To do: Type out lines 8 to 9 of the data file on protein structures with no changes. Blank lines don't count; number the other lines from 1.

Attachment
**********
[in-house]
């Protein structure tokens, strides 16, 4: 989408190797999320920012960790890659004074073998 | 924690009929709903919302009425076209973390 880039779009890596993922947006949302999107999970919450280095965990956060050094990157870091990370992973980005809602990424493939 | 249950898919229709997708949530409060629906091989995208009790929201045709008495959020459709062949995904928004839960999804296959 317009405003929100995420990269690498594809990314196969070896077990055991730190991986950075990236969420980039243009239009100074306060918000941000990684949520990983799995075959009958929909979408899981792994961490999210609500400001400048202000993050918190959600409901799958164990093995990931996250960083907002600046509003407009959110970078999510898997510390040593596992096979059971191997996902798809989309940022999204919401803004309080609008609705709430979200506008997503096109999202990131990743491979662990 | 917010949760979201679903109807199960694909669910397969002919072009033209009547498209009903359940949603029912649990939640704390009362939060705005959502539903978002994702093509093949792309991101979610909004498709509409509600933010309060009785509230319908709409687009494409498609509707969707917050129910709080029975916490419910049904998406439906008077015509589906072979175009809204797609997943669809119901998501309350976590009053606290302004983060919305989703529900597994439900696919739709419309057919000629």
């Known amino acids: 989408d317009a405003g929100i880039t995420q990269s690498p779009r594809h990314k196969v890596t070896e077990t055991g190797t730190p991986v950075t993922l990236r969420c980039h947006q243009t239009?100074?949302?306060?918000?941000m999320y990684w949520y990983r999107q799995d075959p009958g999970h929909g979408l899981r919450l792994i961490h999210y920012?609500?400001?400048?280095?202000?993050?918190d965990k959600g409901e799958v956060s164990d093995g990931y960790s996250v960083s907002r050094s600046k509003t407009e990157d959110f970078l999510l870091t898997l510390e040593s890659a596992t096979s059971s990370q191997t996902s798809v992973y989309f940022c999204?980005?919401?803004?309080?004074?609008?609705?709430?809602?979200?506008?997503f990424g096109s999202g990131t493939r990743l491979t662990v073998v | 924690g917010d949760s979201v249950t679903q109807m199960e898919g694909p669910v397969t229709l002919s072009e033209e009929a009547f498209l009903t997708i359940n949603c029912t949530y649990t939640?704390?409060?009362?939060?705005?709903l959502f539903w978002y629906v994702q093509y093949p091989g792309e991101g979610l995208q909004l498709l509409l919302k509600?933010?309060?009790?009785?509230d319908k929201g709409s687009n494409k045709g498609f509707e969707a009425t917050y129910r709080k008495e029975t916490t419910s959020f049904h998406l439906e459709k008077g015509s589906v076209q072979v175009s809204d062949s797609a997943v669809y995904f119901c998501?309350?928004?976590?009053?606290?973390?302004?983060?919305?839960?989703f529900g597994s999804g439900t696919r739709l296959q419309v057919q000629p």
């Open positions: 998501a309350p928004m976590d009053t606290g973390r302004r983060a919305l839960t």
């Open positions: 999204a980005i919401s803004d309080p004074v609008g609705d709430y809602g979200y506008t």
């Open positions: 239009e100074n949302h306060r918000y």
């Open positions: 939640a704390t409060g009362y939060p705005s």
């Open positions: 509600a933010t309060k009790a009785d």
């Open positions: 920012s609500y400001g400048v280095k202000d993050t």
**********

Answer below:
């Open positions: 509600a933010t309060k009790a009785d």
């Open positions: 920012s609500y400001g400048v280095k202000d993050t």